GEAR GUIDE ESSENTIALS
Water: This is most essential and each hiker should carry a minimum of one 32 oz. containers no matter the season. In warmer months, please considering doubling the amount of water. Hydration reservoir packs are better for longer tours. Beware of relying on a hydration pack on a cold weather hike in higher elevations as the tube could freeze. We recommend that everyone who attempts a strenuous hike should bring a hydration reservoir pack. Be prepared to bring more water in summer months or while attempting longer trails. Please also be certain hydrate your body by drinking a significant amount of water the day before a long hike.
Hydration: Dehydration can be a cause for concern while hiking on the trails in the sun and heat while at higher elevations. It can lead to headaches, dizziness and other potentially dangerous symptoms if not treated properly. Please be certain to bring plenty of water with you on your adventure and start hydrating the day before any strenuous hiking tour.
Pre-Hydration: It is extremely important to pre-hydrate the day before a Strenuous Hike. Make sure to drink at least 1 gallon of water and at least 16 oz of sports drink in the 24 hours leading up to the hike. You should also drink about 20 oz of water in the morning before you hit the trail. These steps will make your Yosemite experience a lot more enjoyable.
Sports Drinks, Energy Shots, and Gu: Your body loses more than just water on every hike. Sports drinks, energy shots, Gu provide you with minerals and electrolytes to give an extra boost during a long day on the trails. We recommend at least a 20 oz. bottle for any moderate or strenuous hike. Electrolyte capsules are also very efficient and do not have the sugar of any of the aforementioned items. Please also beware of the caffeine content in some of these products. Caffeine can be dangerous at high elevations and may cause headaches and dehydration. It is NEVER recommended to bring a potent highly concentrated energy drink like Monster or Red Bull. They are very dangerous at high altitudes.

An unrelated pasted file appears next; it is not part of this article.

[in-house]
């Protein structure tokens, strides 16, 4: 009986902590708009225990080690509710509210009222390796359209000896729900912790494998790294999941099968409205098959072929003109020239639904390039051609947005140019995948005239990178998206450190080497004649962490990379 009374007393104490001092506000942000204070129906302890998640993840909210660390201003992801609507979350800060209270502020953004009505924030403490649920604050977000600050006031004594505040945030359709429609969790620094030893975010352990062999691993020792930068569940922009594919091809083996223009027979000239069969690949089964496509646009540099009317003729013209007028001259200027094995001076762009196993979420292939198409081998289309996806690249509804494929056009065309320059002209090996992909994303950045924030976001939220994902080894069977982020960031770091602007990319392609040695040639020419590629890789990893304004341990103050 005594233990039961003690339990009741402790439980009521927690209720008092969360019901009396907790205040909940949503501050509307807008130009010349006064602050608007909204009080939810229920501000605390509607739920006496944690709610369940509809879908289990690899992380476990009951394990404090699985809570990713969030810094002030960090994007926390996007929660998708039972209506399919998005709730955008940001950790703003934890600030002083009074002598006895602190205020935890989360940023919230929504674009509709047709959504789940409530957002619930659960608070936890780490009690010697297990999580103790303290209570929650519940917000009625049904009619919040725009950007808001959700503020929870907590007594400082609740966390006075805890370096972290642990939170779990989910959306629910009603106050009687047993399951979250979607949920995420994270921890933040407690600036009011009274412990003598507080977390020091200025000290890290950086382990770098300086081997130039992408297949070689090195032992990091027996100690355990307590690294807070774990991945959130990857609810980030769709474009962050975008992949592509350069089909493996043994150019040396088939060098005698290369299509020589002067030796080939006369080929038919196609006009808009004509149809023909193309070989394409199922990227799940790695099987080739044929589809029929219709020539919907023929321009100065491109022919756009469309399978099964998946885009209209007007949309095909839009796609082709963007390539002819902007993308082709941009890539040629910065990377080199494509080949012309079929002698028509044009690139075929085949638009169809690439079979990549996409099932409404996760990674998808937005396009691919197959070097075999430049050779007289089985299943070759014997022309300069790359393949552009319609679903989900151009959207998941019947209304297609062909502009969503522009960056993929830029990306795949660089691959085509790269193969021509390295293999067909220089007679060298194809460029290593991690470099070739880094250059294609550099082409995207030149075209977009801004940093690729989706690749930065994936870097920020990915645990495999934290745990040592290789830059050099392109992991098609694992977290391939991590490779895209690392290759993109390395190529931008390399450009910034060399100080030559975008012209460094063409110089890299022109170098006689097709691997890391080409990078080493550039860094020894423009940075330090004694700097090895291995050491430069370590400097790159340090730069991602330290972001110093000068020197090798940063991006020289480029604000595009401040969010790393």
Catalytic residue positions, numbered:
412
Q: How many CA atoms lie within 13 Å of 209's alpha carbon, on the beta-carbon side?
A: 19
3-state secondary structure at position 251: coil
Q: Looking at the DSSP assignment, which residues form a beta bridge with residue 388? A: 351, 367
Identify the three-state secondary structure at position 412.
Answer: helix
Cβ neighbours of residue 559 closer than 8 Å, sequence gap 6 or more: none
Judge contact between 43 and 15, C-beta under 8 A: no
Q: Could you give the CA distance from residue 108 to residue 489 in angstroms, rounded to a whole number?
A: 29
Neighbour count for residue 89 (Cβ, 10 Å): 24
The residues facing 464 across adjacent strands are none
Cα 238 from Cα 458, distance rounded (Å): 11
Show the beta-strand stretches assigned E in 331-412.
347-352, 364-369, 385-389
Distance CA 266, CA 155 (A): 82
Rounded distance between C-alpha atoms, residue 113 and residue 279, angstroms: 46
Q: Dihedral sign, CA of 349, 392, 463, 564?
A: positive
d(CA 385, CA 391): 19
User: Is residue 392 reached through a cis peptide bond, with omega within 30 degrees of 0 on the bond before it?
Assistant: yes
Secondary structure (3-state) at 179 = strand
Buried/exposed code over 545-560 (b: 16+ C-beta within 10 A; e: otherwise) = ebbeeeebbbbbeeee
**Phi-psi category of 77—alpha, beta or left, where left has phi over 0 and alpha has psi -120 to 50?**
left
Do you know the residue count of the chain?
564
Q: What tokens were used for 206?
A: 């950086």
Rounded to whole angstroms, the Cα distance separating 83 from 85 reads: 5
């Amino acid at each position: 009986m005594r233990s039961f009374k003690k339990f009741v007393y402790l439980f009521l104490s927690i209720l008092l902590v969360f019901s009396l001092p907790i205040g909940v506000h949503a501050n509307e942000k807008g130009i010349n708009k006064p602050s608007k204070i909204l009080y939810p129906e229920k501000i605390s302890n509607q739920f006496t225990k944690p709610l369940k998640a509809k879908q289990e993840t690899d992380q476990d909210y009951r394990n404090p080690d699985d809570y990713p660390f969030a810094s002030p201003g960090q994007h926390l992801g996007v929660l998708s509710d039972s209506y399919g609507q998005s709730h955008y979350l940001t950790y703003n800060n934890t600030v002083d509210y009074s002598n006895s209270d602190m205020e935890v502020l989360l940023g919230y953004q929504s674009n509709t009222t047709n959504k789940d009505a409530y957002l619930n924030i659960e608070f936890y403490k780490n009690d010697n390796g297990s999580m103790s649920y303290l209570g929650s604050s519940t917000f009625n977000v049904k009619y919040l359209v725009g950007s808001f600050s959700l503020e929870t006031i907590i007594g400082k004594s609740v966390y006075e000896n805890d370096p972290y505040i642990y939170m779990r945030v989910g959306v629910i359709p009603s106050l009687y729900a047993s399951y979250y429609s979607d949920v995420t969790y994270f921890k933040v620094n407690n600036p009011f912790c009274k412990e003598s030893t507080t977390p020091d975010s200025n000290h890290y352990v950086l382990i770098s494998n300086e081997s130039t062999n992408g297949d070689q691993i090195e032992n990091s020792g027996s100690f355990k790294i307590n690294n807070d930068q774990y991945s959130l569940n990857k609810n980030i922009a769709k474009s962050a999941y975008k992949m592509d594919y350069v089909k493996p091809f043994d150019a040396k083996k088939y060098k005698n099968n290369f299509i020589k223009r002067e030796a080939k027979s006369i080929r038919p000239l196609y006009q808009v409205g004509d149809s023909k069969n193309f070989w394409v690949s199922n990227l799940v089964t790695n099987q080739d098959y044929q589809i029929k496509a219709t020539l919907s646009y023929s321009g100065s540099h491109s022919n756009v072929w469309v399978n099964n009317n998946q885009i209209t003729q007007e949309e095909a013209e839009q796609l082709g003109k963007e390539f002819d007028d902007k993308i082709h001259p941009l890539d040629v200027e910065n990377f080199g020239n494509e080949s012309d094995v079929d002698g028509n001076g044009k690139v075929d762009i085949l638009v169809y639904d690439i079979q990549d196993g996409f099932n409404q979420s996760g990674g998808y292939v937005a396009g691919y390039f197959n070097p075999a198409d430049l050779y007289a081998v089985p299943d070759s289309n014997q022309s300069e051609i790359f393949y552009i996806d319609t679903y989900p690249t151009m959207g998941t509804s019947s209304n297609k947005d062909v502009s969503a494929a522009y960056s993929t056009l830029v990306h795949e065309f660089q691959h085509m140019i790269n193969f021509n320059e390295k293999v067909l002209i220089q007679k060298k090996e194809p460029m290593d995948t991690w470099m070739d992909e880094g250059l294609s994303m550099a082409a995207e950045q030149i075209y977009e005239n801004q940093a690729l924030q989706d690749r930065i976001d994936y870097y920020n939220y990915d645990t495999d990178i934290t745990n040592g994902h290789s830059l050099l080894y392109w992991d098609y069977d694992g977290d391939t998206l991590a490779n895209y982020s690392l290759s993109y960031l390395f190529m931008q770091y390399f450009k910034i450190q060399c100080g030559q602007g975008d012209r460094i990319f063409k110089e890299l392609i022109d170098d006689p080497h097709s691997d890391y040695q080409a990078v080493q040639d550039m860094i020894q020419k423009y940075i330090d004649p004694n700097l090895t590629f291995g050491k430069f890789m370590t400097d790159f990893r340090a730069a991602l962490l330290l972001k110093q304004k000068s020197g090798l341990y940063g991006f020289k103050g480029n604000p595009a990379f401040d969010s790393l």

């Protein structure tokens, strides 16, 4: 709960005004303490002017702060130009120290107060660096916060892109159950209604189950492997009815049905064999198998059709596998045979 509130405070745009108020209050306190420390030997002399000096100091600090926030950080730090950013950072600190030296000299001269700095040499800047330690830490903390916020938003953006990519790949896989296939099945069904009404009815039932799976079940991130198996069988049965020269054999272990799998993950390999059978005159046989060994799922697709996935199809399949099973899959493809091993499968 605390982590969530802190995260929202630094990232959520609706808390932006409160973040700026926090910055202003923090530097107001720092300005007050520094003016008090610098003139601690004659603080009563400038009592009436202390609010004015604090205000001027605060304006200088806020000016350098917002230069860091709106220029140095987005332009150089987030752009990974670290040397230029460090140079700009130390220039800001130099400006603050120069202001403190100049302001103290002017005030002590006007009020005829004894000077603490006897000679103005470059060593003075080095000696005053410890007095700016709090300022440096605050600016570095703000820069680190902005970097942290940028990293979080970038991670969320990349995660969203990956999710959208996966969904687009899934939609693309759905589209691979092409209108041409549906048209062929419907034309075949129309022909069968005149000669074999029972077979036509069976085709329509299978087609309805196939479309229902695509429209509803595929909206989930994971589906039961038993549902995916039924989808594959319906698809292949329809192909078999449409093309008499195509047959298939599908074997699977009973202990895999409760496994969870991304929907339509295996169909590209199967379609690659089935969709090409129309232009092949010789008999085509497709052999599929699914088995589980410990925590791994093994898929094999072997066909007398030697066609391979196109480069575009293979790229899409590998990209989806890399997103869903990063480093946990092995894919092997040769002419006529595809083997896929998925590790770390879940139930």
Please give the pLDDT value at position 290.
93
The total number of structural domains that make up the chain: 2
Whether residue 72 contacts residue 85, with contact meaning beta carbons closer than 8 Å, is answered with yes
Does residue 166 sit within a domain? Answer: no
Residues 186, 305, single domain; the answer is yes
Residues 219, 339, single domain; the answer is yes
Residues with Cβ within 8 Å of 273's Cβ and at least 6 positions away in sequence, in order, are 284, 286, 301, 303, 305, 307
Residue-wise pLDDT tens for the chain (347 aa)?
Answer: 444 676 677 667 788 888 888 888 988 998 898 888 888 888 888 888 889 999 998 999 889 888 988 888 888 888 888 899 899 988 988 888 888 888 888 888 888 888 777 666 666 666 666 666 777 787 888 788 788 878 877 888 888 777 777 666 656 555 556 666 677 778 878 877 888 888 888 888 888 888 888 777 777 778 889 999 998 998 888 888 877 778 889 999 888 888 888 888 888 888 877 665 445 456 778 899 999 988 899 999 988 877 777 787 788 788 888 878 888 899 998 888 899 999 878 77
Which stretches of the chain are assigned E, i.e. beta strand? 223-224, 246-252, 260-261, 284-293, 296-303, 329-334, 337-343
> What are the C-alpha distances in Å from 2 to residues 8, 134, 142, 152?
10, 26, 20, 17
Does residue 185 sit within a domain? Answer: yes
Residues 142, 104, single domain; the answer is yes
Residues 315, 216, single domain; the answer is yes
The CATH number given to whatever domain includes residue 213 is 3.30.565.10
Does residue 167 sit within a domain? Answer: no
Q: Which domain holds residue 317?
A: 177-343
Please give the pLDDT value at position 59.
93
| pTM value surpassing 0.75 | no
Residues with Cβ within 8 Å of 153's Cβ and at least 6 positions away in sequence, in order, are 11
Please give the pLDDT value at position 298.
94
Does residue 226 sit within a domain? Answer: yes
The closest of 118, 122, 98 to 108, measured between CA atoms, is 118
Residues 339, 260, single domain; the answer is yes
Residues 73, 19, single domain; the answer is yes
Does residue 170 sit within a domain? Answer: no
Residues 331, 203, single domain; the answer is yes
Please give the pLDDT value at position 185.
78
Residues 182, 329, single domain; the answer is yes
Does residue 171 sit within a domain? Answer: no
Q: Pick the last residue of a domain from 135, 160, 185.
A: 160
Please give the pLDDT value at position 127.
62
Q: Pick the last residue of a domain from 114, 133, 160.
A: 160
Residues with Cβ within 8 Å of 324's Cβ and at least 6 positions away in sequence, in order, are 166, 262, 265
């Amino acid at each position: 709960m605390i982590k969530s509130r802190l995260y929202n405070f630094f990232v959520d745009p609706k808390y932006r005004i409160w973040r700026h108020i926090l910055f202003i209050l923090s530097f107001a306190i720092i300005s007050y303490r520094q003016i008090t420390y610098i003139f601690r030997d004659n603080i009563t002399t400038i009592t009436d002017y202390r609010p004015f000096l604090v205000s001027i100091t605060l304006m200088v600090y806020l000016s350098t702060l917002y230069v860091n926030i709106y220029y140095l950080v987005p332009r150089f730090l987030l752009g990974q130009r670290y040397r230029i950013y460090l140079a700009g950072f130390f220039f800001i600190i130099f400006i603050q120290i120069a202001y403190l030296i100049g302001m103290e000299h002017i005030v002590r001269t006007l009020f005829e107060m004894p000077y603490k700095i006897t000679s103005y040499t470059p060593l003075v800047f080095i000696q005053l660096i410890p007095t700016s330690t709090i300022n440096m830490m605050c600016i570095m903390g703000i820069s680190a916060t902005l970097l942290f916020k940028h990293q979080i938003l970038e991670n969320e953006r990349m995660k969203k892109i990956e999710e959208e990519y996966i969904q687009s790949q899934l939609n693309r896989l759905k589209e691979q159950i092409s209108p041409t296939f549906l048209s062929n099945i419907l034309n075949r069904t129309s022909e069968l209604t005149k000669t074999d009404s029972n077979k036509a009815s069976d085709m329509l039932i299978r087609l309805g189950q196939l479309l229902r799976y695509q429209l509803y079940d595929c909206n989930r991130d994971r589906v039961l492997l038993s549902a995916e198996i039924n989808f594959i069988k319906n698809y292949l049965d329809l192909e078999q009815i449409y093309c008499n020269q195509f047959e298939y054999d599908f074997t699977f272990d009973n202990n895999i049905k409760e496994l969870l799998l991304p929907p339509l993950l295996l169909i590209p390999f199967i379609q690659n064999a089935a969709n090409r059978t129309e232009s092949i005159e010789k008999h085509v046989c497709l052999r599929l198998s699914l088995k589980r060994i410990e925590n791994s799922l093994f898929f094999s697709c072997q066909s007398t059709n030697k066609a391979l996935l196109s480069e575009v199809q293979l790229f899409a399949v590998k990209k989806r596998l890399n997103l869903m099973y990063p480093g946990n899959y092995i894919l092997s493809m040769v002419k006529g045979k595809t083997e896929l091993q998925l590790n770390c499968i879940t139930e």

Food and Snacks: Protein and carbohydrates are essential for hiking so it would be wise to eat a fulfilling pasta meal the night before and a healthy breakfast the day of a hike. Please be certain to bring plenty of food on every hike. Everyone joining us should bring a sandwich for lunch and a variety of the following: Energy bars, trail mix, granola bars, fruit, dried fruit, nuts, raisins, cheese & crackers, pretzels, chocolate bar.
All Strenuous Hikes: require hikers to bring at least 100 oz. of water. A hydration pack is recommended. Please do not begin a strenuous hike with less that 100 oz of water. That is about 3 liters. Our guides carry over 4 liters of water on strenuous hikes in the summer. Water purification filters and pills are a good fallback option if you run out of water but many water sources run dry by mid summer. More food is also necessary. Pack an extra sandwich and piece of fruit with an assortment of snacks and trail mix. Finally, bring a 20 oz. bottle of sports drink with you for a boost while hiking.
Half Dome Hikes: These are longer than most other strenuous hikes and require more food and water. All hikers should bring at least 130 0z. of water (100 oz. plus at least 1 extra bottle is highly recommended). Extra food is also necessary so pack another sandwich and a few more snacks for extra calories needed.
Clothing: Dress in layers, bring hat, gloves, a poncho or rain jacket, and waterproof pants. It’s a good idea to be prepared for all types of weather even in summer, especially in the High Country.